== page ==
Paralegals in British Columbia will come under the same regulatory umbrella as lawyers, with the approval in principle of an access-to-justice based regulatory framework for paralegals and notaries public.
At its Dec. 9 meeting, Law Society of British Columbia benchers unanimously approved in principle three recommendations:
- The Law Society and the Society of Notaries Public of British Columbia seek to merge regulatory operations
- That a program be created by which the legal regulator provide paralegals who have met specific, prescribed education and/or training standards with a certificate that would allow them to be held out as “certified paralegals”
- That the Law Society develop a regulatory framework by which other providers of legal services could provide credentialed and regulated legal services in the public interest.
The change will transform the regulation and delivery of legal services in B.C.
Bruce LeRose had chaired the Legal Service Providers Task Force for the society. Its final report was presented Dec. 6. LeRose said approving the recommendations in principle is an important move toward increasing legal services access in the province.
“Access to justice is slipping out of reach for many British Columbians,” LeRose said. “It is critical that the Law Society look for ways to reverse that trend, and these ideas could be a big part of that.”
Paralegal Association Involvement Continues
Carmen Marolla, Director of the B.C. Paralegal Association, said the association will work with the law society to implement the changes. “We look forward to continuing to work with the Law Society to develop the criteria for certification for paralegals, and to consider how best to create the regulatory framework to be developed for stand-alone legal service providers.”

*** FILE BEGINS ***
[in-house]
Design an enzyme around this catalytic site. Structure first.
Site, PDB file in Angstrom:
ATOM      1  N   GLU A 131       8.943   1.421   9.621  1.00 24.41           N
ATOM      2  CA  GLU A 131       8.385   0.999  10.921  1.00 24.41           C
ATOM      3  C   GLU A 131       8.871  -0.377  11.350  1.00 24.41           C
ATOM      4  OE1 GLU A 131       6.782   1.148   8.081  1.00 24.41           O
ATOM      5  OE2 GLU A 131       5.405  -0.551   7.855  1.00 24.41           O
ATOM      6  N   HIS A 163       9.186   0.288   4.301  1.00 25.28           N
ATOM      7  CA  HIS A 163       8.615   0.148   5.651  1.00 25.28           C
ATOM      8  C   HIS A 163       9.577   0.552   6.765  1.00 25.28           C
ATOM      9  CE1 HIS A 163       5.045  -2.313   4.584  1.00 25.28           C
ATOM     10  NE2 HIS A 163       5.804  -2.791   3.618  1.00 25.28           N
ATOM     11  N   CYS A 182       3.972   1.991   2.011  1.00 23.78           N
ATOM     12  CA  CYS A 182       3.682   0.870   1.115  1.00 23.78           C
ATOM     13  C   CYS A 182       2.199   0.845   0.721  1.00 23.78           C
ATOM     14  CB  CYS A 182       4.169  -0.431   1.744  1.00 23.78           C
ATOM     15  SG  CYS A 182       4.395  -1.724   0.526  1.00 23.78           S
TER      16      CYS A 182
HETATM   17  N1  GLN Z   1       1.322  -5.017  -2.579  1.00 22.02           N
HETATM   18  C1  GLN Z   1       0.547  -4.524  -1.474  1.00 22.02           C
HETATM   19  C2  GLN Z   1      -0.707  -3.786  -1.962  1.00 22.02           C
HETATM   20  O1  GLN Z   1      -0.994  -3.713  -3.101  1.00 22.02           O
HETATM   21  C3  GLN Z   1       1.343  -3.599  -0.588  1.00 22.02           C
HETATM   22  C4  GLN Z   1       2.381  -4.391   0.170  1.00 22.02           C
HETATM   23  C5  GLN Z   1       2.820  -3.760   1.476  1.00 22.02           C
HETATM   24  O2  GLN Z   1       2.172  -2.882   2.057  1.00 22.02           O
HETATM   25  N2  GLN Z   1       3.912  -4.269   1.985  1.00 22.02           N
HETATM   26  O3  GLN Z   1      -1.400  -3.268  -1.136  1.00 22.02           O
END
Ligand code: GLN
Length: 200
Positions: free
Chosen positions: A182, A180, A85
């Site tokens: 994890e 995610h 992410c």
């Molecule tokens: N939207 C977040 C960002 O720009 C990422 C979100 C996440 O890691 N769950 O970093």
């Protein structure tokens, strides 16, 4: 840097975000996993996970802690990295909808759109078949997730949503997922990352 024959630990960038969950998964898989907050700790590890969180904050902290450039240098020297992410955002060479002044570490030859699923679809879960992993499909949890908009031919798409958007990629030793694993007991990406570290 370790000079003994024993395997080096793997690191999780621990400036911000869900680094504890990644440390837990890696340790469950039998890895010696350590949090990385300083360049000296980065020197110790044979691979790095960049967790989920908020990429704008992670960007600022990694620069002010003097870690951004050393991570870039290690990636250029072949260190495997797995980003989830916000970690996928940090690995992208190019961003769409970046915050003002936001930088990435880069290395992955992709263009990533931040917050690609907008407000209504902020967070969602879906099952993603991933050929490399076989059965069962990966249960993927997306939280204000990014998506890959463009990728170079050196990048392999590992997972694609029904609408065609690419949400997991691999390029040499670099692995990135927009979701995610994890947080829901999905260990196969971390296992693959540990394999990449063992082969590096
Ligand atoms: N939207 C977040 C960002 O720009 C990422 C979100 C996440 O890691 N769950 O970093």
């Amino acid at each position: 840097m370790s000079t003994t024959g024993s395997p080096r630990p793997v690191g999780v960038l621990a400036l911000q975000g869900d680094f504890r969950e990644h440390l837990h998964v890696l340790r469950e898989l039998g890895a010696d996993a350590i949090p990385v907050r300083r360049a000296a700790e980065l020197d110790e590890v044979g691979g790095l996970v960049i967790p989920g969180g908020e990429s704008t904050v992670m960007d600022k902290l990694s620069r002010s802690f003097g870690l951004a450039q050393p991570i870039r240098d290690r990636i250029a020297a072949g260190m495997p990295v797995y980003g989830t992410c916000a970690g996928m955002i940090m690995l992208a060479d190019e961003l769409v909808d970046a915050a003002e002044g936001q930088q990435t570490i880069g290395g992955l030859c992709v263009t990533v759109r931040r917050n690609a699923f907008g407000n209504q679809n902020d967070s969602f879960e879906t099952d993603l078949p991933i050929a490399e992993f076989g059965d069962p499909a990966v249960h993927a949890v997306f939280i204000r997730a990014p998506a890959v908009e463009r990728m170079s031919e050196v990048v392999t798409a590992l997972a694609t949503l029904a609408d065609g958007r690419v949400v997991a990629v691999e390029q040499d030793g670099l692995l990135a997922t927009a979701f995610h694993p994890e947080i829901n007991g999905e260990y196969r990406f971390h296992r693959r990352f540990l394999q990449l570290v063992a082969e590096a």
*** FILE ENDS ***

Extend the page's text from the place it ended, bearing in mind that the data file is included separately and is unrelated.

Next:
B.C. Law Society President Art Vertlieb called the benchers’ unanimous support for the motion a “watershed moment in the Law Society’s history.”
Vertlieb attended the Law Society of Upper Canada’s Welcome Reception for new licensees in November, and spoke to Convocation the next day. He came to learn more about how paralegal licensing affected access to justice in Ontario.
“Ultimately, we will move to regulation, like Ontario,” Vertlieb said in November. “We need to get on board and bring in a program of licensing that addresses access to justice issues.”
Changing Face of Legal Services in Canada
Law societies in British Columbia and Quebec are looking to the Ontario licensing model, with a view to licensing the profession in their jurisdictions. The moves are seen as meeting access-to-justice principles, and protecting the public from untrained renegades.
The Law Society of British Columbia regulates the more than 11,000 lawyers in the province. It sets and enforces standards of professional conduct, to ensure the public is served by a “competent, honourable legal profession.”
Read the BCLS press release